Handmade Envelopes from Last Year’s Calendar

My 2014 fridge calendar was so beautiful that I wanted to find a way to salvage / reuse the beautiful images.

At this point, you are probably well aware of my new love of making my own envelopes {remember that time I made envelopes from an old skirt magazine for the Bridal Tea party?}. I knew the weight and size of the glossy pages would be perfect for constructing envelopes so I saved a few of my favorites.

I saved some of my favorite pages from the calendar before recycling the rest. The pages had been sitting aside waiting patiently to be turned into envelopes for a few weeks now.

handmade

To get started you’ll need to gather these supplies:

  • Calendar pages (alternate options: magazine pages, wrapping paper, scrapbook paper, etc)
  • Glue stick
  • Scrap paper for the address label (alternate: use a permanent marker if the design is light enough)
  • Permanent marker
  • Blank piece of paper (if you want to make a template to reuse later)
  • Envelope (used or unused – doesn’t matter)
  • Scissors
  • Strong liquid glue or clear tape
  • Washi tape
  • Paper for envelope lining – optional
  • A card that fits inside your envelope template OR make your own with construction paper, scrapbook paper or other colored paper pieces

Instructions:

Creating the Envelope template

If you have a used envelope whose size you like, deconstruct it by carefully detaching the sides and bottom of the envelope. Since you will be using the deconstructed envelope as your template, skip to the instructions for constructing the envelope.

If you have an unused envelope, you can create a template without deconstructing by following these steps:

1. Lift the top flap of the envelope (so that it is “open”) and align it with the top edge of the paper you are using to trace the template.

2. Trace the side edges of the top flap on the paper. Carefully hold the envelope in place on top of the paper and close the top flap. Trace around the rectangular body of the envelope (with the top flap down).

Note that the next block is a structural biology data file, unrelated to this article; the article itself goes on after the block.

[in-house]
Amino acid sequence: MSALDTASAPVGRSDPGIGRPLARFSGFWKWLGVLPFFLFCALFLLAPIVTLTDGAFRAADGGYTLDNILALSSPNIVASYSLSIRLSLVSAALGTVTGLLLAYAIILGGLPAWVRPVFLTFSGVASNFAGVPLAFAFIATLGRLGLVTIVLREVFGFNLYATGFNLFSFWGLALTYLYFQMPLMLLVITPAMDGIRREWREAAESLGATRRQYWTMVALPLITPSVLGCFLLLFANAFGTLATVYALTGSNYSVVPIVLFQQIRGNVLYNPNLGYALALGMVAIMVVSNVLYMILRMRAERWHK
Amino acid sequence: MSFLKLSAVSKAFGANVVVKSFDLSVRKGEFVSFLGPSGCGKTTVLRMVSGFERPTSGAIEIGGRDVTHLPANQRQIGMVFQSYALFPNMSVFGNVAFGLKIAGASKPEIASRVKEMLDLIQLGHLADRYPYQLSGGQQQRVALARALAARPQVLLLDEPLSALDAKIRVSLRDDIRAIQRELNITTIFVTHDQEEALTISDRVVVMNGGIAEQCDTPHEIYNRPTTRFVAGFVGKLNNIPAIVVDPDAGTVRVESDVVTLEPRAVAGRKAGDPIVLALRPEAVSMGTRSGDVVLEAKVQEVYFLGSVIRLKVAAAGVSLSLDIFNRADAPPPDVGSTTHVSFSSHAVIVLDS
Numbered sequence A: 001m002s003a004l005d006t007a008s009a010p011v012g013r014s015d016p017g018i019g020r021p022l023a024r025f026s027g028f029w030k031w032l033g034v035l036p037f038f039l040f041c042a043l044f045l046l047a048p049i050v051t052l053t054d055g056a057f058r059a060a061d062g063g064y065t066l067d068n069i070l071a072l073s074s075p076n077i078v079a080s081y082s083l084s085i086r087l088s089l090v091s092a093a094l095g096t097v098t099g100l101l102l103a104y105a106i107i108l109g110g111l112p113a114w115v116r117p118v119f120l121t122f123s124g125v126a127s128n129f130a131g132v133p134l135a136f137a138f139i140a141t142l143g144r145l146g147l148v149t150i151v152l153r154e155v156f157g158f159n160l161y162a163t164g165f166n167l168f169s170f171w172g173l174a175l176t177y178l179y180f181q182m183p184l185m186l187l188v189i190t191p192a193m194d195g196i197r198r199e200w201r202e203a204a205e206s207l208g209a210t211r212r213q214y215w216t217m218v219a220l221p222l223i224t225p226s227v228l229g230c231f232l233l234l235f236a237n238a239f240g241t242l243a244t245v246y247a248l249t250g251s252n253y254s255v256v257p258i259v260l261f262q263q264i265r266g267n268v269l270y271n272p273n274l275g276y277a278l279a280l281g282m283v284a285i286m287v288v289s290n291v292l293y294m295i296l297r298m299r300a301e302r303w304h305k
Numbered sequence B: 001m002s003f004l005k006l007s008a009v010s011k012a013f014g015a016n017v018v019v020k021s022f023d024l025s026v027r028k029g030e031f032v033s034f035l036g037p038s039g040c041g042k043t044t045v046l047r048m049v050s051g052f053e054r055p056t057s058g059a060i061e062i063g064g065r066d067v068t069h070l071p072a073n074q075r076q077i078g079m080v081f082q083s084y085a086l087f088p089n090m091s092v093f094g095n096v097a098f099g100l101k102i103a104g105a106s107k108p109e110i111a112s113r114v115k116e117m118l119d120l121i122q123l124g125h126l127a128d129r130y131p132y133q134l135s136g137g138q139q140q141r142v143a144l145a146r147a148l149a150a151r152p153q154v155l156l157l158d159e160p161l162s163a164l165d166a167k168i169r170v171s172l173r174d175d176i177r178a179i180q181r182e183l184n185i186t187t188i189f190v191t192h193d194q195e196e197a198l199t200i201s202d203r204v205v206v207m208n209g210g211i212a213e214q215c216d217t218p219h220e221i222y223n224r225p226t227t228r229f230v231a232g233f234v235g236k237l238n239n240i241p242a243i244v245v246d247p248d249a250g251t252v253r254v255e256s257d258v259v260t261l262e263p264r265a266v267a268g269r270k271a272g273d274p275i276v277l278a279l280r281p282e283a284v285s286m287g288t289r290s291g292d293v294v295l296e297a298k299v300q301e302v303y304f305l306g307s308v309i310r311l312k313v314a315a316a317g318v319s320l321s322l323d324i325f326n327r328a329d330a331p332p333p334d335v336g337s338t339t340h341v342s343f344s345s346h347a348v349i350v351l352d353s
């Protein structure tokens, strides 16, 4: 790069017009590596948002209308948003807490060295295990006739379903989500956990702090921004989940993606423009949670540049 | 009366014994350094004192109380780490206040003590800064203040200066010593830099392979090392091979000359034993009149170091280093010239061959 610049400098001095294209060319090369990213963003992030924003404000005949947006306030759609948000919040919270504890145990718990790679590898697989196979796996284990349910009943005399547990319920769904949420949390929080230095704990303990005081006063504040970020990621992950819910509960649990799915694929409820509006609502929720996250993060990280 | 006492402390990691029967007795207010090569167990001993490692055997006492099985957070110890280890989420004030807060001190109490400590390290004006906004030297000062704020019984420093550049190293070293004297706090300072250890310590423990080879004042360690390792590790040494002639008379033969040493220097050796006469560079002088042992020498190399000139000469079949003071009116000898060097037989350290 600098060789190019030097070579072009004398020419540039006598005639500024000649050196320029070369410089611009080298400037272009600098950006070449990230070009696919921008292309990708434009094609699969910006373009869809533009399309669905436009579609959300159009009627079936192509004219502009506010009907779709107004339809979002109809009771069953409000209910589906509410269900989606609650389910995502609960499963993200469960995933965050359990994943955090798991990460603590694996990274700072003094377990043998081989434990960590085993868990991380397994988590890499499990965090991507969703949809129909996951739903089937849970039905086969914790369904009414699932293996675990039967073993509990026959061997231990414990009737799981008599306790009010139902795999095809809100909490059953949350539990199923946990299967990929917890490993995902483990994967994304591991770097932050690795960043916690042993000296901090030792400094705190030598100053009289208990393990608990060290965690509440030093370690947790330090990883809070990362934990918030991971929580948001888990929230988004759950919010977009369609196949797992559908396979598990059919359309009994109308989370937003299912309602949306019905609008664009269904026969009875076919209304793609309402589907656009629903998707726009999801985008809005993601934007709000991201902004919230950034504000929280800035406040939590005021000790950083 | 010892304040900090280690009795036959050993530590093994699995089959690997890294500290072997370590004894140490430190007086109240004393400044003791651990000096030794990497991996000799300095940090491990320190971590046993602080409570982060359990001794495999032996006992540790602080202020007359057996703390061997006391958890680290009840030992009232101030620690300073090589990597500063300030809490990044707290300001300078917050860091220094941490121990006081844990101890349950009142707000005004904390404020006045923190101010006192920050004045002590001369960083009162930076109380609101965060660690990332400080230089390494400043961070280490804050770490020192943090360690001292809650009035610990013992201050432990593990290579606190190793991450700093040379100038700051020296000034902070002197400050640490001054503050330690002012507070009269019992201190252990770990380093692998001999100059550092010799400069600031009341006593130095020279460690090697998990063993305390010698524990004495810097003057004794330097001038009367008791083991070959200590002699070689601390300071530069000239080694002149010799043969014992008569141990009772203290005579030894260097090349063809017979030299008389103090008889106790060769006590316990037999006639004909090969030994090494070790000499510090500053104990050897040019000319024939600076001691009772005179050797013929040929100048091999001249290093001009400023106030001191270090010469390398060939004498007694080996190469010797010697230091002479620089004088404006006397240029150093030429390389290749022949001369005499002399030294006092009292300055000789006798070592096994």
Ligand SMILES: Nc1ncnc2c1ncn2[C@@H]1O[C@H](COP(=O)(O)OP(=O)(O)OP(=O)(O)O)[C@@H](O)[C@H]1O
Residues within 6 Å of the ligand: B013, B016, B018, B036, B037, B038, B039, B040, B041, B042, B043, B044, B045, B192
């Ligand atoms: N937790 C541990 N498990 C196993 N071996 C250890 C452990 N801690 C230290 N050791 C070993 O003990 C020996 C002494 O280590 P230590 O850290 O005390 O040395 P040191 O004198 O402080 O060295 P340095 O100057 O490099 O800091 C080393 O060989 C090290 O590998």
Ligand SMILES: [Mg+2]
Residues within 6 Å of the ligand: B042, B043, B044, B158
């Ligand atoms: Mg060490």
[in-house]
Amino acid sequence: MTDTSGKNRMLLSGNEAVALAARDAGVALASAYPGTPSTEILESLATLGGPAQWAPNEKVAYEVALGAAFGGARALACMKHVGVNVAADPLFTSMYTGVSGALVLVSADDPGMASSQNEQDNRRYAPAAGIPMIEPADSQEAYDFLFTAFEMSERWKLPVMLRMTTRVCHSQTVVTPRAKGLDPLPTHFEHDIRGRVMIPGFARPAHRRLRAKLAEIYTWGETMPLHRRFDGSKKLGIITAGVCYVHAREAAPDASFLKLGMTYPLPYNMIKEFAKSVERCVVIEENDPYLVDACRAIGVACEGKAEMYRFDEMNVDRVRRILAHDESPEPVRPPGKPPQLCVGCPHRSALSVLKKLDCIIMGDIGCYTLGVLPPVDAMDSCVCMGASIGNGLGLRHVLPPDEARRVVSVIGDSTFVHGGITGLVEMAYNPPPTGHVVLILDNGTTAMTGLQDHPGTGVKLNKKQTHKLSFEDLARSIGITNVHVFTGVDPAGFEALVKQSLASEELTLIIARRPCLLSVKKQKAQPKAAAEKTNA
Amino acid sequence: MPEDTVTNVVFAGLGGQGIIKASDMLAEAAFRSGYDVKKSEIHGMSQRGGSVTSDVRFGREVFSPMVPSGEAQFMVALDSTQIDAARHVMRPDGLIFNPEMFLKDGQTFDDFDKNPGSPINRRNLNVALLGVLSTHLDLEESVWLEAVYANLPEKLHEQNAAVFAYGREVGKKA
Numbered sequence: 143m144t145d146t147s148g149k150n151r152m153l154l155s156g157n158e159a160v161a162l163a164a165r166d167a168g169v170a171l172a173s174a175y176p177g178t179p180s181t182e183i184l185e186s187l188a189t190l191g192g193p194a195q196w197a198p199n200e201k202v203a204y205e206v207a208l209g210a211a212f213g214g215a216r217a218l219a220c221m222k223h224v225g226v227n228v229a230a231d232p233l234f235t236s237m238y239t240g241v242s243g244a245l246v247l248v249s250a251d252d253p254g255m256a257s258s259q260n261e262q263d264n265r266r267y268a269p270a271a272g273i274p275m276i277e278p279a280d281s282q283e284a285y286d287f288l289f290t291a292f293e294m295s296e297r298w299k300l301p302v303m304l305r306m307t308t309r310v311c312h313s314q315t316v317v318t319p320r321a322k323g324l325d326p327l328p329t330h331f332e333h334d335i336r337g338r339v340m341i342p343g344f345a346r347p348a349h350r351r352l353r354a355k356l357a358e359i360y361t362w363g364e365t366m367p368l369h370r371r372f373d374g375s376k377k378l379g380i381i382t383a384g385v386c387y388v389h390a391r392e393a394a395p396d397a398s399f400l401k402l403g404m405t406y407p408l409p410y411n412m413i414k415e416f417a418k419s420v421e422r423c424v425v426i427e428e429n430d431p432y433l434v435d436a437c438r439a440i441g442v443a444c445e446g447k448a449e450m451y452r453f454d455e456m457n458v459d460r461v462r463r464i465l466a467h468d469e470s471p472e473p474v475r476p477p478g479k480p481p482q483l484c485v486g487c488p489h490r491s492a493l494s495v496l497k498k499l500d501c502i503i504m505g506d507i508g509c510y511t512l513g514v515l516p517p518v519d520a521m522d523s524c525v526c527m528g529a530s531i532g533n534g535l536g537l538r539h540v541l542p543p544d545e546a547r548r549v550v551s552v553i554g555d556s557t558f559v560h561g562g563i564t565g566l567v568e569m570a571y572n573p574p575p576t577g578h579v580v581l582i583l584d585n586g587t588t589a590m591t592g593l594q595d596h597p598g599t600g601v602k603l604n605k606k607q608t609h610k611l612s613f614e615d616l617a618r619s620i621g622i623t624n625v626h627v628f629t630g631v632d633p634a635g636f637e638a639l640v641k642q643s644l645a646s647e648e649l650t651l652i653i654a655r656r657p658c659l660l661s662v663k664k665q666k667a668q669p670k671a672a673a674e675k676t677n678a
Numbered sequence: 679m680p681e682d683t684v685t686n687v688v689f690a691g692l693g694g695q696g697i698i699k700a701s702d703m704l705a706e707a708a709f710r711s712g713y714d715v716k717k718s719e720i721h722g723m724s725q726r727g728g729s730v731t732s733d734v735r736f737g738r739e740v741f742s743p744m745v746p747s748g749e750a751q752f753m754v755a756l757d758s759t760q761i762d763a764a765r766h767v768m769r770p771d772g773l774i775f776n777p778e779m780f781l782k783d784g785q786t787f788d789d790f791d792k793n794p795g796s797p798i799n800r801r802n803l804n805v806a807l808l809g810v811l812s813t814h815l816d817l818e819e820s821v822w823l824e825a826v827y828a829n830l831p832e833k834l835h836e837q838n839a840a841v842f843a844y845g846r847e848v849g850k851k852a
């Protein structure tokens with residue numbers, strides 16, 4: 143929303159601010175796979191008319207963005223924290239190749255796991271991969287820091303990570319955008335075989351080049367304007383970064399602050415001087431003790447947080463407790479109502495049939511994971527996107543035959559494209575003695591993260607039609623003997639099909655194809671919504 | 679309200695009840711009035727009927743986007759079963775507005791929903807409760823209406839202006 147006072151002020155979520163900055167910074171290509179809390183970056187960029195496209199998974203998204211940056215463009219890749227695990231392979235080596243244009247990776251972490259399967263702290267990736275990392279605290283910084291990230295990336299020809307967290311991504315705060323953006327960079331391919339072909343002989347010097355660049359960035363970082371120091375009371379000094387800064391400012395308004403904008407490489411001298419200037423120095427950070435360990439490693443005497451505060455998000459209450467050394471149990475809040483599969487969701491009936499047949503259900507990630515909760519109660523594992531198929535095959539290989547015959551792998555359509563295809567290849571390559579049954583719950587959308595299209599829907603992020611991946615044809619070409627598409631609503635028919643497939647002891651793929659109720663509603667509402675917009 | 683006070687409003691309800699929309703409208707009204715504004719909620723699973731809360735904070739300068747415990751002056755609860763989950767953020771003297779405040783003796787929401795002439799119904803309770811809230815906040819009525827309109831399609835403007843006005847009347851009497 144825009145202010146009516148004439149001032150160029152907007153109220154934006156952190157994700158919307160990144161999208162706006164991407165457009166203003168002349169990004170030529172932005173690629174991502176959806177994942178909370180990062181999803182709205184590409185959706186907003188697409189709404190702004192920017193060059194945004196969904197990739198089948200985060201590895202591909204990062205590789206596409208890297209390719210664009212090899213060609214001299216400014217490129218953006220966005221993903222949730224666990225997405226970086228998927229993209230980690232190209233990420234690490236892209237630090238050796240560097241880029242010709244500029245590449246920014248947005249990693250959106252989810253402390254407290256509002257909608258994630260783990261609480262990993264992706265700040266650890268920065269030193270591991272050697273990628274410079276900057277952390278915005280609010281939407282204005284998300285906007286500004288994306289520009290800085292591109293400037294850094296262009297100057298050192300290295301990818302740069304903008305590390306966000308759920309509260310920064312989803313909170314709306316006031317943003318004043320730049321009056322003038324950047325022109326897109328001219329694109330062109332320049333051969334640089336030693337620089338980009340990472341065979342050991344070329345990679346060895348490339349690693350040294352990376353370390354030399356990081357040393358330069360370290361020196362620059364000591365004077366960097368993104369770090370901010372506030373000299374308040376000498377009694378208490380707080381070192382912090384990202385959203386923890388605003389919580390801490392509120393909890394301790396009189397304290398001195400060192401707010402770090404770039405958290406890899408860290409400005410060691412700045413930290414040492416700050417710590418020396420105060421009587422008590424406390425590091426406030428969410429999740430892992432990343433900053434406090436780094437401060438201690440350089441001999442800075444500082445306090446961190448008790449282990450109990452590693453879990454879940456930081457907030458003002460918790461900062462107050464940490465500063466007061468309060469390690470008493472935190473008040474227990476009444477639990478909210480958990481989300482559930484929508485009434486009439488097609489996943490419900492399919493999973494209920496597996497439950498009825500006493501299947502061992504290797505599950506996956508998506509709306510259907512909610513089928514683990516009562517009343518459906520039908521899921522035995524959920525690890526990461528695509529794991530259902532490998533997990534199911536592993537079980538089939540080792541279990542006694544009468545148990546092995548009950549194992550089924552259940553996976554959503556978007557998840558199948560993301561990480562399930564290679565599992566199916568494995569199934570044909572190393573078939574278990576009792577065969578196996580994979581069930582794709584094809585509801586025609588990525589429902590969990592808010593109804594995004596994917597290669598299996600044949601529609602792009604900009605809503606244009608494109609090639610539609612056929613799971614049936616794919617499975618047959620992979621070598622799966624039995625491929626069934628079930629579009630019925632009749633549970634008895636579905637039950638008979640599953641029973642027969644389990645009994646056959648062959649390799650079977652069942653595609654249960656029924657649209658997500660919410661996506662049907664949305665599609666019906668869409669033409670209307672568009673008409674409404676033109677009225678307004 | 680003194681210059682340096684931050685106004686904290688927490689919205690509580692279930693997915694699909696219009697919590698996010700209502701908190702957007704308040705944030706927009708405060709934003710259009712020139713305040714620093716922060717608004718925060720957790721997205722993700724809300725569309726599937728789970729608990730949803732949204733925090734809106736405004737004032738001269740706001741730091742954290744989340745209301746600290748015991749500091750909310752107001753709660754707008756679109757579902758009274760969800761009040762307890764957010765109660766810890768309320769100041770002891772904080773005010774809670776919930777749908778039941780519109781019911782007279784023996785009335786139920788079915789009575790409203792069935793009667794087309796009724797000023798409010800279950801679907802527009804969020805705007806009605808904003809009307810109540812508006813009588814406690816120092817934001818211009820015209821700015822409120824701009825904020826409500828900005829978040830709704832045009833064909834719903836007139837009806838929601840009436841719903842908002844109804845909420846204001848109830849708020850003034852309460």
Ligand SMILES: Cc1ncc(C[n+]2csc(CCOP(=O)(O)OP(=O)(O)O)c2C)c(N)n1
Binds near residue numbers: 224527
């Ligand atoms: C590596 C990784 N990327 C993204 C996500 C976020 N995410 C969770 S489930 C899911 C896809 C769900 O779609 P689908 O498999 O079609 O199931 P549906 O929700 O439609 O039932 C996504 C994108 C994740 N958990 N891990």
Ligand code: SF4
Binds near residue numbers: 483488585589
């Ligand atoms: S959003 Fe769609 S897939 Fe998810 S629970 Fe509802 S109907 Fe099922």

3. For the bottom of the envelope, measure the height of the bottom flap. On your paper template, measure the same distance (from the bottom of the envelope body outline) and draw a few marks. Connect the marks with a straight, horizontal line across the bottom of your template paper.

4. Measure the length of the top of the bottom flap (the area where the top flap would overlap when closed). It should be slightly less than the horizontal length of your envelope’s body.

5. On the line you have drawn at the bottom of your template page, draw notches that match the length measured in step 3 centered (as best you can) below the envelope body.

6. Draw a line from the bottom left corner of the envelope body to the left end of the line drawn in step 4. Repeat on the right side. The lines should be angled slightly inward.

7. Use the same method to draw the side flaps.

8. Use your scissors to cut around the outline of the envelope.

9. Fold the side flaps in then fold the bottom flap up. You can use a ruler to help with this by aligning the edge of the ruler along the folding line (outline of the envelope body).

10. Ensure that the side and bottom flaps overlap enough so that you will be able to glue them together. Also ensure that when the top flap is folded down, there is enough overlap so that you can secure the envelope.

If my directions are hard to follow, I suggest checking out these directions from The Postman’s Knock.

Constructing the Envelope

Once you have your template constructed (and tested to make sure the pieces align properly), you are ready to start tracing.